Panulirus argus, the Caribbean spiny lobster, is a species of spiny lobster that lives on reefs and in mangrove swamps in the western Atlantic Ocean.
The colossal squid is part of the family Cranchiidae. It is sometimes called the Antarctic squid or giant cranch squid and is believed to be the largest squid species in terms of mass. It is the only recognized member of the genus Mesonychoteuthis and is known from only a small number of specimens. The species is confirmed to reach a mass of at least 495 kilograms (1,091 lb), though the largest specimens—known only from beaks found in sperm whale stomachs—may perhaps weigh as much as 600–700 kilograms (1,300–1,500 lb), making it the largest-known invertebrate. Maximum total length has been estimated at 10–14 metres (33–46 ft).
Dissostichus, the toothfish, is a genus of notothen found in the Southern Hemisphere. Toothfishes are marketed in the United States as Chilean sea bass or less frequently as white cod. "Chilean sea bass" is a marketing name, coined in 1977 by Lee Lantz, a fish wholesaler who wanted a more attractive name for selling the Patagonian toothfish to Americans. In 1994, the U.S. Food and Drug Administration (FDA) accepted "Chilean sea bass" as an "alternative market name" for Patagonian toothfish. The toothfish was remarkably successful in the United States, Europe and Asia, and earned the nickname “white gold” within the market. Toothfishes are vital to the ecological structure of Southern Ocean ecosystems. For this reason, on 4 September a national day is dedicated to the toothfish in South Georgia.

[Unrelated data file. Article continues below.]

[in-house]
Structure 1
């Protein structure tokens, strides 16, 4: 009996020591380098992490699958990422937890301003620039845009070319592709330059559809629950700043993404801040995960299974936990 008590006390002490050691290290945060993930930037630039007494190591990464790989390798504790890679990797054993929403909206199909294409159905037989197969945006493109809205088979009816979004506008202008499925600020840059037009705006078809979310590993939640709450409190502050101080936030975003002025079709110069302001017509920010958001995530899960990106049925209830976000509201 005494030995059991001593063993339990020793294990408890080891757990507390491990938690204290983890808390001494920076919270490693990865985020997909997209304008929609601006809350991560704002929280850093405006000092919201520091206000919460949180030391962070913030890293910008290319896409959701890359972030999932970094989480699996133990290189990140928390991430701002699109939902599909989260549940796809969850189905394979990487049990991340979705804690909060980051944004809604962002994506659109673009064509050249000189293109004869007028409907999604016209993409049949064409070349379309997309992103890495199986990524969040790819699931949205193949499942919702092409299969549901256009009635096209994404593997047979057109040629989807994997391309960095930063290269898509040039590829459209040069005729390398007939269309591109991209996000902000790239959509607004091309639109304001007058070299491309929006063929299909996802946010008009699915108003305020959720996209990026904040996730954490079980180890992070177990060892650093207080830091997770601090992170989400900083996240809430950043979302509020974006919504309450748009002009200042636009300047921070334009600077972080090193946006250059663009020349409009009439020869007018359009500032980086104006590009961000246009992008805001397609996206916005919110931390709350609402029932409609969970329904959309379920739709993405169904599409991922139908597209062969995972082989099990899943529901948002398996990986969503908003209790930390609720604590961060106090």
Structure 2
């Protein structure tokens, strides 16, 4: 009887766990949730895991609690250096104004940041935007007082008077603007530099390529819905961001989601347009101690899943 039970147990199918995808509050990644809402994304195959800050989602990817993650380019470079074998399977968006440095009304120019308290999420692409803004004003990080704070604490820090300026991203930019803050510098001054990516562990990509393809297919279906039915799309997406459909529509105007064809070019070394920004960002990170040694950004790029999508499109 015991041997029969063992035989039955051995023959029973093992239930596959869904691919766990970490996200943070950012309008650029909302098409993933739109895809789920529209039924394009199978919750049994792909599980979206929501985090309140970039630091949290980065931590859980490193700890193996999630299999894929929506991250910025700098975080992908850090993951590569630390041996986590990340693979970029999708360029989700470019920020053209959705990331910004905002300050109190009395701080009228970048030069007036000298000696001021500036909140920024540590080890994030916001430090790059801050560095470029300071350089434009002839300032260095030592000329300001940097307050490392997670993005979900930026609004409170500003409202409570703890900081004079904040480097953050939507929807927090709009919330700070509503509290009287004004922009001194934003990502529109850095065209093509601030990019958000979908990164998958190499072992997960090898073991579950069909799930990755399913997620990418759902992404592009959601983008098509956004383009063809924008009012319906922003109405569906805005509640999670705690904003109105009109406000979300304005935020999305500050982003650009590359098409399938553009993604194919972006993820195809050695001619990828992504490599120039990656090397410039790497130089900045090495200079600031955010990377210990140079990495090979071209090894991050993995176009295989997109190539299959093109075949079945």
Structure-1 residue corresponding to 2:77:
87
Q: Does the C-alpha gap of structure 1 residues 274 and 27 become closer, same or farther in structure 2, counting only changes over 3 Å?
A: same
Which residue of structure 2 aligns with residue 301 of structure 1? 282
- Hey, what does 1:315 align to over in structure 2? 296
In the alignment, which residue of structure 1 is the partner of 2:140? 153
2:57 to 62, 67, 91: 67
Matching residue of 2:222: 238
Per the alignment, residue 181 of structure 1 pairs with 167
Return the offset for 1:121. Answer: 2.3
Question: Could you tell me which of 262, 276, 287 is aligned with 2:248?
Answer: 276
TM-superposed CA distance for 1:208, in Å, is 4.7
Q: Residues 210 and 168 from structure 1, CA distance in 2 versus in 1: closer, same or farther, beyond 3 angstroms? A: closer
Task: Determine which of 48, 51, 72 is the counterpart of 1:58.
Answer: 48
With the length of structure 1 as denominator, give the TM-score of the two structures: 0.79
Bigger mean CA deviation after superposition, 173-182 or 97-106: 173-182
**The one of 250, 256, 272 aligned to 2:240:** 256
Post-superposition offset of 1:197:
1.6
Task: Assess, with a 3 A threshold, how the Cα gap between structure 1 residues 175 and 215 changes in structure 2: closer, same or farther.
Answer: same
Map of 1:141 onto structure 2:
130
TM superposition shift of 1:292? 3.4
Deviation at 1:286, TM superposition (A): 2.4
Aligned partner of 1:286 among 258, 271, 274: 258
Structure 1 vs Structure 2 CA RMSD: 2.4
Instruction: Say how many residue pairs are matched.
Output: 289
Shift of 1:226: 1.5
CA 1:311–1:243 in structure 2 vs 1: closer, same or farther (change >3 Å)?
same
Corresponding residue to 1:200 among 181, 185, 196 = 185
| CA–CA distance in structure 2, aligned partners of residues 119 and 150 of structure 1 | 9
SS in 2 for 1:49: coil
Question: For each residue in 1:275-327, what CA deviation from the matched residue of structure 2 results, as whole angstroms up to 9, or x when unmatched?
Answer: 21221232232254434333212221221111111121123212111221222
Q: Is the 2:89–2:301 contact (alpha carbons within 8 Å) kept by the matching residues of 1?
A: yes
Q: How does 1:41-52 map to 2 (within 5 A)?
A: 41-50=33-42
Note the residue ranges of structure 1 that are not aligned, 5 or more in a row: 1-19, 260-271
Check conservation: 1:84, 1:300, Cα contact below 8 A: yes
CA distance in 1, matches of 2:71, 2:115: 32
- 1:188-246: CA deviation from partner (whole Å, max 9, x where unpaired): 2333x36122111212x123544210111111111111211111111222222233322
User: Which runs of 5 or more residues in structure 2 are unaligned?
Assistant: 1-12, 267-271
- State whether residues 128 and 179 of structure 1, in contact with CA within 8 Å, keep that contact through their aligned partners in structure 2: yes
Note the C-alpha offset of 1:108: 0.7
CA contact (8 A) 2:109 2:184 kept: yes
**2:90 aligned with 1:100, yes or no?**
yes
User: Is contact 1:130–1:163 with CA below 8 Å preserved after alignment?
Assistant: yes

Scyllarides latus, the Mediterranean slipper lobster, is a species of slipper lobster found in the Mediterranean Sea and in the eastern Atlantic Ocean. It is edible and highly regarded as food, but is now rare over much of its range due to overfishing. Adults may grow to 1 foot (30 cm) long, are camouflaged, and have no claws. They are nocturnal, emerging from caves and other shelters during the night to feed on molluscs. As well as being eaten by humans, S. latus is also preyed upon by a variety of bony fish. Its closest relative is S. herklotsii, which occurs off the Atlantic coast of West Africa; other species of Scyllarides occur in the western Atlantic Ocean and the Indo-Pacific. The larvae and young animals are largely unknown.
Eunephrops cadenasi, sometimes called the sculptured lobster, is a species of lobster found in the Caribbean.